From laboratory to clinic: A large scale study of distortion product otoacoustic emissions in ears with normal hearing and ears with hearing loss

Michael P. Gorga, Stephen T. Neely, Brenda Ohlrich, Brenda Hoover, Joelle Redner, Jo Peters

Research output: Contribution to journalArticlepeer-review

248 Scopus citations


Objectives: 1) To describe distortion product otoacoustic emission (DPOAE) measurements in large groups of subjects with normal hearing and with hearing loss, and to use these data to provide comprehensive descriptions of DPOAE test performance. 2) To describe the effects of primary frequency and audiometric threshold on the extent to which DPOAE measurements accurately identify auditory status. 3) To develop an approach that describes the probability that any measured response is coming from either a normal or an impaired ear. 4) To develop an approach for representing DPOAE data clinically. 5) To explore the relation between magnitude of hearing loss and DPOAE measurements. Design: DPOAE measurements were made in 1267 ears of 806 subjects, using stimulus conditions that previously had been demonstrated to result in the greatest separation between normal and impaired ears (i.e., primary levels of 65/55 dB SPL for f1/f2; Stover et al., 1996). Subjects were recruited from local clinical populations and through local advertisements. All data were analyzed using clinical decision theory, including relative operating characteristic (ROC) curves and estimates of areas under these curves (Az). In addition, cumulative distributions were constructed of response properties from both normal and hearing-impaired ears. These cumulative distributions were used to select specific probabilities that measured responses were coming from either the normal or impaired distributions, and to develop an approach for describing clinical DPOAE data. Results: For no conditions were the distributions of DPOAE responses from normal and impaired ears completely separated, meaning that optimal criterion values would still result in errors in identification of auditory status. Test performance, defined by Az, was best for mid and high frequencies and poorest for lower frequencies and for the highest frequency tested (8000 Hz). Performance was best when normal hearing was defined as audiometric thresholds between 20 and 30 dB HL, with poorer performance for more stringent or lax audiometric criteria. Conclusions: Within the limits related to the effects of primary frequency and audiometric criterion, it appears that DPOAE measurements can be used to accurately identify auditory status. An approach is described, using the present data set, that allows one to assign to any measured DPOAE value (DPOAE amplitudes, DPOAE/noise) the probability that the response is coming either from the distribution of normal or impaired responses. In addition, DPOAE/noise systematically decreases as hearing loss increases over the range of hearing losses from 0 to about 40 to 60 dB HL (depending on frequency), thus potentially enabling one to differentiate hearing losses over this range. For hearing losses greater than 50 to 60 dB HL, ears do not produce measurable DPOAEs and thus, no predictive relationship exists.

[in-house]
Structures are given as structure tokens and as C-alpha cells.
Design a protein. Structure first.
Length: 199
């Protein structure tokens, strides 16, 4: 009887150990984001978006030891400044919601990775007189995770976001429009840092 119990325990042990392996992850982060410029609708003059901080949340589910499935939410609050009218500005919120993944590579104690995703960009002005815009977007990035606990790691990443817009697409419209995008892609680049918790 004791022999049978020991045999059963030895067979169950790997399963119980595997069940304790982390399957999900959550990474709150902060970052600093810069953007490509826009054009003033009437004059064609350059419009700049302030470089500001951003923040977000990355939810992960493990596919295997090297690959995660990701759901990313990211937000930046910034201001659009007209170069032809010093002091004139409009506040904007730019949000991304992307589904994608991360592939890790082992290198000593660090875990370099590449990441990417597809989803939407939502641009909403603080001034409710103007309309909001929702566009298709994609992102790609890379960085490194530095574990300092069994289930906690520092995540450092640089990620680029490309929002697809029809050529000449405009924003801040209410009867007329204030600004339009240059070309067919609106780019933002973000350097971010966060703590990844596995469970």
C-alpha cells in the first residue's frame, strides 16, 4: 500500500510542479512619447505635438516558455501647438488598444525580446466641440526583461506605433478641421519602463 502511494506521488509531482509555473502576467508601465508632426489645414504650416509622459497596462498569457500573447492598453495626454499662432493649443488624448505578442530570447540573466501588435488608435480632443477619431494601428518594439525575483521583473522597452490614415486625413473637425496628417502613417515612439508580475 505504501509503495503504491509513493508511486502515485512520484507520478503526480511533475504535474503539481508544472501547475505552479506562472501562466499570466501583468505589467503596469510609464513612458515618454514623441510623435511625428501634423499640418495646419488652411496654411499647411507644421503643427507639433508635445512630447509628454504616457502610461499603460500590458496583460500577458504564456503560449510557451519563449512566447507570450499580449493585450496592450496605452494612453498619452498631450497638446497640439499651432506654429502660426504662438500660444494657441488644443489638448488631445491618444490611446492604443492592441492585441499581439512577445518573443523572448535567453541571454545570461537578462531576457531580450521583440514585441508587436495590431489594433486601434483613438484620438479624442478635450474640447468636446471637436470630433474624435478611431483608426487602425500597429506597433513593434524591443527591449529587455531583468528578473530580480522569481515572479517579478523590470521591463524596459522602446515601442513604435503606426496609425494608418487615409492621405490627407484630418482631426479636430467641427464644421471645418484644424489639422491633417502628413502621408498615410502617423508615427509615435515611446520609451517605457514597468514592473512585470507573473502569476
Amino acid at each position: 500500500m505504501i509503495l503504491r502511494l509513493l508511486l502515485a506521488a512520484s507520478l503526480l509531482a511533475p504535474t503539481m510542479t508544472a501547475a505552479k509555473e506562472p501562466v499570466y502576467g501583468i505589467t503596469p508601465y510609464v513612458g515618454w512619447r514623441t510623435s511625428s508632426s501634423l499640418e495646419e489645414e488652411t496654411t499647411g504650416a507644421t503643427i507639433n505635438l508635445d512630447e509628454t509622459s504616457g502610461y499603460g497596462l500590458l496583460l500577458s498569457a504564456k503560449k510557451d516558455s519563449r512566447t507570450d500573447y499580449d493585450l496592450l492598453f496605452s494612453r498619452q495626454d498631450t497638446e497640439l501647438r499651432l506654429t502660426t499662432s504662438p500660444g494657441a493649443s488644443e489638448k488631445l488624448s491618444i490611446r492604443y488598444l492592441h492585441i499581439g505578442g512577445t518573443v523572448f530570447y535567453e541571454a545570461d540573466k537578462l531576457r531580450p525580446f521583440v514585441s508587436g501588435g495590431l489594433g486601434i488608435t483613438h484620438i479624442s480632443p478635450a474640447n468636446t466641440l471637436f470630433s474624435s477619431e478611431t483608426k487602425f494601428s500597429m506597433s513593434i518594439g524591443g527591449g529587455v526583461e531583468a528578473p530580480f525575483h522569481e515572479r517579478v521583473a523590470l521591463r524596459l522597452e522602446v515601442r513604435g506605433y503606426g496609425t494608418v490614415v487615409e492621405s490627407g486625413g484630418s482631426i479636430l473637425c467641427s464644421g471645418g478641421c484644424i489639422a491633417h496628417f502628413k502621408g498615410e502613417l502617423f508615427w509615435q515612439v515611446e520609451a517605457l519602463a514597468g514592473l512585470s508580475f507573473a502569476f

Original languageEnglish (US)
Pages (from-to)440-455
Number of pages16
JournalEar and hearing
Issue number6
StatePublished - Dec 1997

ASJC Scopus subject areas

  • Otorhinolaryngology
  • Speech and Hearing


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